Last winter break we headed down for four nights at the Coronado Bay Resort. This is a good place to stay, because the restaurant there is excellent for handling gluten free options. The breakfast buffet had gluten free muffins every morning, which were great by the way, and the chef was able to explain what was safe to eat from the menu and cook things special order. We had dinner here several times on this trip, just because the restaurant was handling the gluten-free requirements so well. If you’re headed to the theme parks, eat a big breakfast here because the theme parks mostly don’t have much to offer.

Sea World, The San Diego Zoo, and the San Diego Wild Animal Park didn’t have many things to eat that were gluten-free, but there were fruit items, nuts, and chips to be found—enough to tide one over for the day if not staying too long, at least until dinner. The great exception to the theme park scene in San Diego for gluten free options was Legoland, which had gluten-free hot dog and hamburger buns at most of the tray service food booths. When I had inquired about getting a hamburger with a gluten-free bun, the nice person taking my order clearly had been trained well in protocol for handling such requests, but she had also obviously never had such a request before. She was good about it and checked thoroughly, and she made sure I stayed at the window so I didn’t have to hang out on the side of the building for a long wait not knowing what was going on. The burger was terrible, just like everyone else’s. Mmmmm….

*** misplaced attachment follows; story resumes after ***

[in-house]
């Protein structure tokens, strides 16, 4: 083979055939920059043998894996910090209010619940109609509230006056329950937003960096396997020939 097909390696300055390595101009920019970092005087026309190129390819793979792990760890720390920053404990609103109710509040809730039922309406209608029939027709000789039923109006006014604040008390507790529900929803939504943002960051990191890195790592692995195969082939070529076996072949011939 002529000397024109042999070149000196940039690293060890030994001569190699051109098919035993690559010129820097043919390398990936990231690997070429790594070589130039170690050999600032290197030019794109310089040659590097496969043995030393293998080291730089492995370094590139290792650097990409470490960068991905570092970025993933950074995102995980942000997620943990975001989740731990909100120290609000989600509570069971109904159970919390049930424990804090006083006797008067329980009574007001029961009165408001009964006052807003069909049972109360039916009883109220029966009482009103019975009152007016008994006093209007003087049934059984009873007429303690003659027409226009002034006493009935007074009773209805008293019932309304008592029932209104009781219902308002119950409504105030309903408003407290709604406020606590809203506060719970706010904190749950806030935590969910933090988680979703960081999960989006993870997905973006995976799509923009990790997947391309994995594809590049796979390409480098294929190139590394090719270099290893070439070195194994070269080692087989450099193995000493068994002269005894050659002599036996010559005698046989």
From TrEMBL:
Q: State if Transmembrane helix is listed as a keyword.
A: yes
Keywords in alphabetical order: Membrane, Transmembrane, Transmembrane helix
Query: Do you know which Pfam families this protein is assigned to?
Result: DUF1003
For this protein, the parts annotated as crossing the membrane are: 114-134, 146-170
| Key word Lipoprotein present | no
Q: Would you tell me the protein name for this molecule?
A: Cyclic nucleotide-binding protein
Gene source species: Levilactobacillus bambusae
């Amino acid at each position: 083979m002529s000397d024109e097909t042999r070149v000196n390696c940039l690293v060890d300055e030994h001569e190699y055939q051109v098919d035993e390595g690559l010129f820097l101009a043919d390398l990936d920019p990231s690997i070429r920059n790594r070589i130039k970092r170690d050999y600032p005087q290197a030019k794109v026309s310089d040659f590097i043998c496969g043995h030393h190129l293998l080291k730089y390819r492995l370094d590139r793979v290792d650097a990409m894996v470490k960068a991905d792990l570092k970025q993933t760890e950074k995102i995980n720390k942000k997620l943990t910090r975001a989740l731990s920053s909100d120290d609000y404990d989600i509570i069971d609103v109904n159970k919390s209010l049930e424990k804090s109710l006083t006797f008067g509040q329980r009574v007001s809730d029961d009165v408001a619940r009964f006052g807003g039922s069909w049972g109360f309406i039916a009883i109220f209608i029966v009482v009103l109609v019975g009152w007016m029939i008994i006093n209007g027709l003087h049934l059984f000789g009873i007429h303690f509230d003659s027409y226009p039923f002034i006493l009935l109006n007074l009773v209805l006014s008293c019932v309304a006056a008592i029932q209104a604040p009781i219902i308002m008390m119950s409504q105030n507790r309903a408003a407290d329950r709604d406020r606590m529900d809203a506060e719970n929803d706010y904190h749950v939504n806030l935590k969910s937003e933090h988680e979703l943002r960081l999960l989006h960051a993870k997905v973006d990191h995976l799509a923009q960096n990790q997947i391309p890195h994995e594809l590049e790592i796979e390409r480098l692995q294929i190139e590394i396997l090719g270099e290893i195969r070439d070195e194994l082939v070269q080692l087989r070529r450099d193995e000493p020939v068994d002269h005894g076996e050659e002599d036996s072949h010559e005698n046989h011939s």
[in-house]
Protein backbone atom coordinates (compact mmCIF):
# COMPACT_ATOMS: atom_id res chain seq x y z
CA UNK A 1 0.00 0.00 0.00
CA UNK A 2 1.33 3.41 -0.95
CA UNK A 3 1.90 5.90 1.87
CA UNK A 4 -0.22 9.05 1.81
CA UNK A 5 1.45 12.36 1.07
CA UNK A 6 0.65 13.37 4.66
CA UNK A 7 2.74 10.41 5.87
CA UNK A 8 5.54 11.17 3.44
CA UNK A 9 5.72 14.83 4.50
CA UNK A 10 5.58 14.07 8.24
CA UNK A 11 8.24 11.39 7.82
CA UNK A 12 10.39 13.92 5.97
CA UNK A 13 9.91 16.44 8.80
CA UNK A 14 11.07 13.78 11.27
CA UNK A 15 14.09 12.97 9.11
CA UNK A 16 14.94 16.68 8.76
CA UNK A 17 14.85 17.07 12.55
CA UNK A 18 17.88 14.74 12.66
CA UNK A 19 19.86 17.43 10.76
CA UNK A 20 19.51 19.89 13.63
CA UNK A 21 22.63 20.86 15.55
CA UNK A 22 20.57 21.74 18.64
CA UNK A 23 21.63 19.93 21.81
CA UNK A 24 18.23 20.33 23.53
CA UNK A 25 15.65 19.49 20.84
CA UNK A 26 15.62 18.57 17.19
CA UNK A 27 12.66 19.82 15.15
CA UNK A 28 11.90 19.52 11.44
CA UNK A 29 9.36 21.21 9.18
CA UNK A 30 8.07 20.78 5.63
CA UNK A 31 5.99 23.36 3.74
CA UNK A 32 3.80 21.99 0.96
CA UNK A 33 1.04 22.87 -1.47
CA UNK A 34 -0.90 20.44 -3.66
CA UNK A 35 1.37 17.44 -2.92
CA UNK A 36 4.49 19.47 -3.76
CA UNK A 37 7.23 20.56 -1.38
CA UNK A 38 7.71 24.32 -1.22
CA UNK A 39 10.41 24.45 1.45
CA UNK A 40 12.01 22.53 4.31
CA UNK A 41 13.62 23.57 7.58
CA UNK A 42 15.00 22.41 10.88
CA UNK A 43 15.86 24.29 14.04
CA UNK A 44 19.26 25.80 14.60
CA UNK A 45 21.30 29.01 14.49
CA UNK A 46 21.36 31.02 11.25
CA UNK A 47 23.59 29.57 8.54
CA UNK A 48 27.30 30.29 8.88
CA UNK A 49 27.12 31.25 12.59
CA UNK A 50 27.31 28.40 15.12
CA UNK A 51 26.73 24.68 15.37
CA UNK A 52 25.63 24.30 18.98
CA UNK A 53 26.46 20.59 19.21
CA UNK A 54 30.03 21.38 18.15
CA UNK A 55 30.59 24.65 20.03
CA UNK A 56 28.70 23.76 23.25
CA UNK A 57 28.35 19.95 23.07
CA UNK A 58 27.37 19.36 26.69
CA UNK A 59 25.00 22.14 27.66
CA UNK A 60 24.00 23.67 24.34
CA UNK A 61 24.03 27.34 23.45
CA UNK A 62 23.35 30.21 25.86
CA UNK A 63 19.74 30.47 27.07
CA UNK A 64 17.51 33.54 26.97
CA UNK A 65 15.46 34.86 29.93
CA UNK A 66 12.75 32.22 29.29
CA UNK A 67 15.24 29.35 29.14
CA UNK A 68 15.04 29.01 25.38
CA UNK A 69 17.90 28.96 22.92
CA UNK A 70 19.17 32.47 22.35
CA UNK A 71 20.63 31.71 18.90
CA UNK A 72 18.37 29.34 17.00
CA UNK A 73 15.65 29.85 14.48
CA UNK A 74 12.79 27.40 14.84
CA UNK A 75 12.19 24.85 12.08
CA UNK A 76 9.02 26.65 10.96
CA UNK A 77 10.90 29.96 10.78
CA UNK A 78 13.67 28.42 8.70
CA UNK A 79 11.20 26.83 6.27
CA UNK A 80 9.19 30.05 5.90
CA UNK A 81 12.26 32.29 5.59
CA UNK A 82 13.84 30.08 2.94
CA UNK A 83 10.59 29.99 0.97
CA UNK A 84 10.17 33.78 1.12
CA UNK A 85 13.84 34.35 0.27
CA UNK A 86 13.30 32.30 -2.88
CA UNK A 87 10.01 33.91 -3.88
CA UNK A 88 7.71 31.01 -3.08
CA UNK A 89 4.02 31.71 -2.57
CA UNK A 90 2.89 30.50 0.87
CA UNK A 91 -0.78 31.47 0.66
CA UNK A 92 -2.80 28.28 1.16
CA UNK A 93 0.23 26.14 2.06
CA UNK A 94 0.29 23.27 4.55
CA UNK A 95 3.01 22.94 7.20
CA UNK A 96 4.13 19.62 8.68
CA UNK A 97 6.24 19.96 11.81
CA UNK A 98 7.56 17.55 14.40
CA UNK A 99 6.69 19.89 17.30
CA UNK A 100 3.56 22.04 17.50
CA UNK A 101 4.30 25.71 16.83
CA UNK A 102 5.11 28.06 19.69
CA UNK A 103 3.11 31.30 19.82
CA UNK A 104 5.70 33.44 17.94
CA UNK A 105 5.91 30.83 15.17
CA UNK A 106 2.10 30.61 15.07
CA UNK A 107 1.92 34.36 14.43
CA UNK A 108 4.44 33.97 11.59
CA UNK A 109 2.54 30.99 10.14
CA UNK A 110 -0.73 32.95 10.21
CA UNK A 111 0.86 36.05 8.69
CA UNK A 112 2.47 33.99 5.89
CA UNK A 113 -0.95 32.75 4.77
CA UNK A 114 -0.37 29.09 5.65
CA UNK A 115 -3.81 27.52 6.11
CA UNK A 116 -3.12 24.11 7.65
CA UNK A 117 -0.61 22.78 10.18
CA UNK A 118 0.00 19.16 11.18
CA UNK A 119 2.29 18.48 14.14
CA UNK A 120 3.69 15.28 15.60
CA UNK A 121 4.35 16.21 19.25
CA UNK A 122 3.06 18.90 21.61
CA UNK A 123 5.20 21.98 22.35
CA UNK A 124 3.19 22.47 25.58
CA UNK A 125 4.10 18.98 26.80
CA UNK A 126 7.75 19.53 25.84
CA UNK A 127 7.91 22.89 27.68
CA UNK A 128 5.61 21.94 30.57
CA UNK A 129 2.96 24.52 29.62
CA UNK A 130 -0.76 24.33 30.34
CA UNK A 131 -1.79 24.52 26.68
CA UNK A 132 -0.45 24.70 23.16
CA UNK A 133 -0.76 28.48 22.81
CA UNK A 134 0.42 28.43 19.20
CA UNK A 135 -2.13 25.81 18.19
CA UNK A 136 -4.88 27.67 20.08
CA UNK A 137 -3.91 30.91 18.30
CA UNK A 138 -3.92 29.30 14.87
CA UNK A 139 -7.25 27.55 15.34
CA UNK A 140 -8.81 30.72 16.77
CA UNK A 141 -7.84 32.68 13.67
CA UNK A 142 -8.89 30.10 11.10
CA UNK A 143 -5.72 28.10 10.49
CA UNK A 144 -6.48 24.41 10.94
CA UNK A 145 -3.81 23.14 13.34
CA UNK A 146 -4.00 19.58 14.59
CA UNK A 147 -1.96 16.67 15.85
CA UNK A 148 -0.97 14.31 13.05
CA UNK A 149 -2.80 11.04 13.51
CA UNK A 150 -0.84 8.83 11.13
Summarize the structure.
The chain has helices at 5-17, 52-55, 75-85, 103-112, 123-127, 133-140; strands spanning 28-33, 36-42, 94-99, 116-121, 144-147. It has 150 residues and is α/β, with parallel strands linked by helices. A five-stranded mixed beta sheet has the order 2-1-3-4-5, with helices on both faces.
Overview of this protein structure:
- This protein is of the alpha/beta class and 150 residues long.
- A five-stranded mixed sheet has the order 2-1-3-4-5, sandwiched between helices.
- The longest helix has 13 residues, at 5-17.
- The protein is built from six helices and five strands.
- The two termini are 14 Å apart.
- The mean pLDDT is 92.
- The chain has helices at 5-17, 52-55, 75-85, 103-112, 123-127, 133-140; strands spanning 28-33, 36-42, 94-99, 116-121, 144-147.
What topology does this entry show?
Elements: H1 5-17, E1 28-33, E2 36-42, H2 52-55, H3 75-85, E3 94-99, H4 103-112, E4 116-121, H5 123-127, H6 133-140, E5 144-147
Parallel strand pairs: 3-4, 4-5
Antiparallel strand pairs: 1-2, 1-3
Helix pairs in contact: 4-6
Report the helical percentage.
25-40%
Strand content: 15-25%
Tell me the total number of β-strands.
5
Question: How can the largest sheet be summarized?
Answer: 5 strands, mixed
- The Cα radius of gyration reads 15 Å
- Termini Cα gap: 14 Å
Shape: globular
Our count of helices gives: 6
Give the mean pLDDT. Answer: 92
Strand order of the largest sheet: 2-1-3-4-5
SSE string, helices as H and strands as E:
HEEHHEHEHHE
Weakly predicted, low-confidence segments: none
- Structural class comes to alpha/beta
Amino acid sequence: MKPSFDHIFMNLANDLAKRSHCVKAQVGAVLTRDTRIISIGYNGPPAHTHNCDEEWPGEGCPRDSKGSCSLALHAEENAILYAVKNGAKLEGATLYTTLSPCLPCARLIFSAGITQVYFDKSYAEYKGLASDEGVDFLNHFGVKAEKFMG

San Diego has a number of excellent restaurants with gluten-free menus or options. Our first stop in our December trip was to Del Mar Rendezvous, a chinese restaurant with a dedicated gluten-free menu and knowledgeable staff. We had the Beef Chow Fun and Kung Pao Chicken, both of which were excellent. The chow fun was done with flat fettuccine-like rice noodles that were quite wide and worked very well.